Ignition System Basics

The purpose of the ignition system is to provide the high voltage (push) necessary to make electricity jump the gap in the spark plug to ignite the air/fuel mixture in the cylinder, at the correct time. The ignition coil or coils are what turns the 12-15 volts of the vehicles battery and/or charging system into the 20,000-70,000+ volts necessary to jump the spark plug gap. Such high voltage is necessary because air has a high resistance. When the cylinder is on compression stroke, air and fuel are compressed into the combustion chamber. This causes more air to sit between the spark plug electrodes, increasing the resistance even further. Depending on the system, spark plug wires and a distributor may be needed to deliver the high voltage to the correct cylinder at the correct time. Modern ignition systems tend to have one ignition coil per cylinder. This eliminates the need for a distributor and (most of the time) ignition wires as well as (supposedly) prolonging the life of the ignition coils. (Different ignition system designs will be explained later on in the article) All ignition systems will need to know where the engine is in its cycle to determine which cylinder to fire. Distributors are timed and mechanically driven by the engine. They may have “points” that control the ignition coil, or they may have a sensor that can directly control the ignition coil or indirectly control the the ignition coil through a module. Modern systems use the camshaft position sensor (CMP) and/or crankshaft position sensor (CKP) to determine where the engine is in its cycle and controls the spark timing electronically.

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Pieces of an Ignition System

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Ignition Coils

ignition coilsIgnition coils can look very different depending on the application, but they all use the same basic principles to generate the voltage necessary for ignition. All ignition coils have 2 coils of wire that are used to generate the high voltage, a primary winding and a secondary winding, that are wrapped around an iron core. The primary winding has several coils of heavier wire that conducts battery current. The primary winding with the iron core create a magnetic field when current is flowing through the winding. The secondary winding can have 20,000+ windings of very thin wire. This winding has voltage induced into it from the electromagnetic field created by the primary winding and the iron core. The secondary winding will be connected to either a spark plug wire or the spark plug directly at one end and a ground source or another spark plug at the other end depending on the system. It is important to note that it is when the primary winding STOPS flowing electrical current and the electromagnetic field collapses through the secondary winding that voltage is generated. The time that current is flowing through the primary winding, to build the electromagnetic field, is called “dwell time.” Voltage is induced into the secondary winding because the magnetic field passes through it when it collapses. The extremely high voltage is created because of how fast the magnetic field collapses and passes through the secondary winding as well as the high number of windings in the secondary winding. Because of the high overall resistance of the secondary circuit (including the spark plug gap or gaps) amperage in the secondary circuit is kept very low. A system may have one ignition coil for all cylinders, one coil for every 2 cylinders or an individual coil for every cylinder depending on the application.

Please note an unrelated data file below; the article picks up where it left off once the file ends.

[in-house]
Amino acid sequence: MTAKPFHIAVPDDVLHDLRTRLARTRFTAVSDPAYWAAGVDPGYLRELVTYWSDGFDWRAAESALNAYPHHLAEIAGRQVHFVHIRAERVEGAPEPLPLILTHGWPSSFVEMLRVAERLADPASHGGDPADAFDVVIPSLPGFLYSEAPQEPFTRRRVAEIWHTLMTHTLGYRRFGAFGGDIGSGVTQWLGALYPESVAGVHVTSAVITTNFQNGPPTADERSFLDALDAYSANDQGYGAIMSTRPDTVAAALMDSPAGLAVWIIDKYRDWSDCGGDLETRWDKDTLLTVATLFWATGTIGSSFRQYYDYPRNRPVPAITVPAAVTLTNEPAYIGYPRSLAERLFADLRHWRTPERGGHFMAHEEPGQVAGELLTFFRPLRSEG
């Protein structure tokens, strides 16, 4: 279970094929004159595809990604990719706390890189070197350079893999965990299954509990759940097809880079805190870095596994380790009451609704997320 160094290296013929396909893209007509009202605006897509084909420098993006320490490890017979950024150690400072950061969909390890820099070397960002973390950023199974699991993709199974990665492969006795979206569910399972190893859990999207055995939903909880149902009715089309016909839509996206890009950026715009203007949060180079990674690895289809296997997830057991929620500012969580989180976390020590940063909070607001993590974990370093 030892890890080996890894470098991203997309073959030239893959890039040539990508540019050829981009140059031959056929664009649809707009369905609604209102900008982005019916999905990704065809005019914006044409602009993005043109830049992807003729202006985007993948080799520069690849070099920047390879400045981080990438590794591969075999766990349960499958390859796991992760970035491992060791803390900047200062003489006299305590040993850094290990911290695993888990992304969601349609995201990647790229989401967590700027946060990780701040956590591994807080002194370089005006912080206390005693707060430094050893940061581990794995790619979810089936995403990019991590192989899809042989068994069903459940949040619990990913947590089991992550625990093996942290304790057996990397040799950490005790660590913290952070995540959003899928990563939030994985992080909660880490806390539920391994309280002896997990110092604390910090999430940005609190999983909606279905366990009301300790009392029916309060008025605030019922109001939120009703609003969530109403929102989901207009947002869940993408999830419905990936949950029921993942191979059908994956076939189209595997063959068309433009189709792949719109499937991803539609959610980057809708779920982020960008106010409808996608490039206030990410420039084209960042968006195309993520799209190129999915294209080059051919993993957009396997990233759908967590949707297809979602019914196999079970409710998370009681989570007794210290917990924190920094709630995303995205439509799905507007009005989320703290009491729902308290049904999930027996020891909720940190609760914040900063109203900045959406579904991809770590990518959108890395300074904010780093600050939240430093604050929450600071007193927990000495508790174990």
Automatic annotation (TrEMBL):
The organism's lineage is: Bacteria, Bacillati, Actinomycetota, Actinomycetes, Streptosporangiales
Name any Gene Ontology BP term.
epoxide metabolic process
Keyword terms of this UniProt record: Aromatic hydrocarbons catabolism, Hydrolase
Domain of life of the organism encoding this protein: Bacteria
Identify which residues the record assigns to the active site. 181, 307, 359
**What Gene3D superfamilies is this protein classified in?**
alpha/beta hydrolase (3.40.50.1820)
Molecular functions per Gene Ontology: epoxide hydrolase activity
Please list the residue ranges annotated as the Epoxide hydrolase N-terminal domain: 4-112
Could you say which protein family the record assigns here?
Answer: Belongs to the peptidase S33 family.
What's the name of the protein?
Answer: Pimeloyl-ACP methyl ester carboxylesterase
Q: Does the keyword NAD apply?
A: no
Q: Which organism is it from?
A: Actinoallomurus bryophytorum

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Spark Plugs

Engine spark plugThe spark plugs use the high voltage generated by the ignition coil to deliver the spark necessary for combustion to the combustion chamber. A spark plug has a terminal on the top which is connected to a spark plug wire or an ignition coil directly. This terminal is connected to the centre electrode through a resistor. The resistor is in place to reduce EMI (electromagnetic interference) which can have a negative impact on many electronic devices. The resistor is surrounded by the insulator. The insulator is a ceramic piece that insulates the terminal, resistor and centre electrode from the shell. The shell is the backbone of the plug. It also provides the hex and the thread to install and remove the spark plug. The ground electrode or side electrode is placed a specific distance away from the centre electrode. It is connected to the spark plug threads in the shell, which thread into the engine’s head. Contact with the head provides a ground source for the ground electrode. Some spark plugs gave several ground electrodes. Electricity will follow the path of least resistance and tend to arc to the closest or cleanest ground electrode. The distance between the centre electrode and ground electrode is called spark plug gap and it determines the length of the electric arc generated by the spark plug. Recommended spark plug gap can be different from engine to engine. Too short of a gap may not provide enough of an arc to ignite the air/fuel mixture, which would cause a misfire. Too large of a gap will require a higher voltage from the ignition coil to jump the gap. This could overwork and overheat the ignition coil resulting in premature ignition coil failure. Also, the spark generated may not last long enough or be too weak to ignite the air/fuel mixture. The ceramic insulator makes sure that the electric arc jumps the gap instead of shorting through the plug itself directly to the shell. The connection between the insulator and the shell must be strong enough to hold in compression and combustion pressures.

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Spark Plug Wires/Ignition Cables

ignition cableSpark plug wires transfer the high voltage electric charge from the ignition coil to the distributor and from the distributor to the spark plugs or directly from the coil to the spark plug, depending on the system. Ignition cables are designed with very high resistance (usually 5,000-20,000 ohms depending on length and design). This is done to reduce television and radio interference as well as reduce the amperage flowing through the secondary circuit to prolong the life of the spark plugs. Ignition cables have boots on either end to keep water and dirt away from connections. The cables themselves are also protected by a thick coating to protect the internal wires as well as prevent the secondary circuit from shorting directly to the engine block.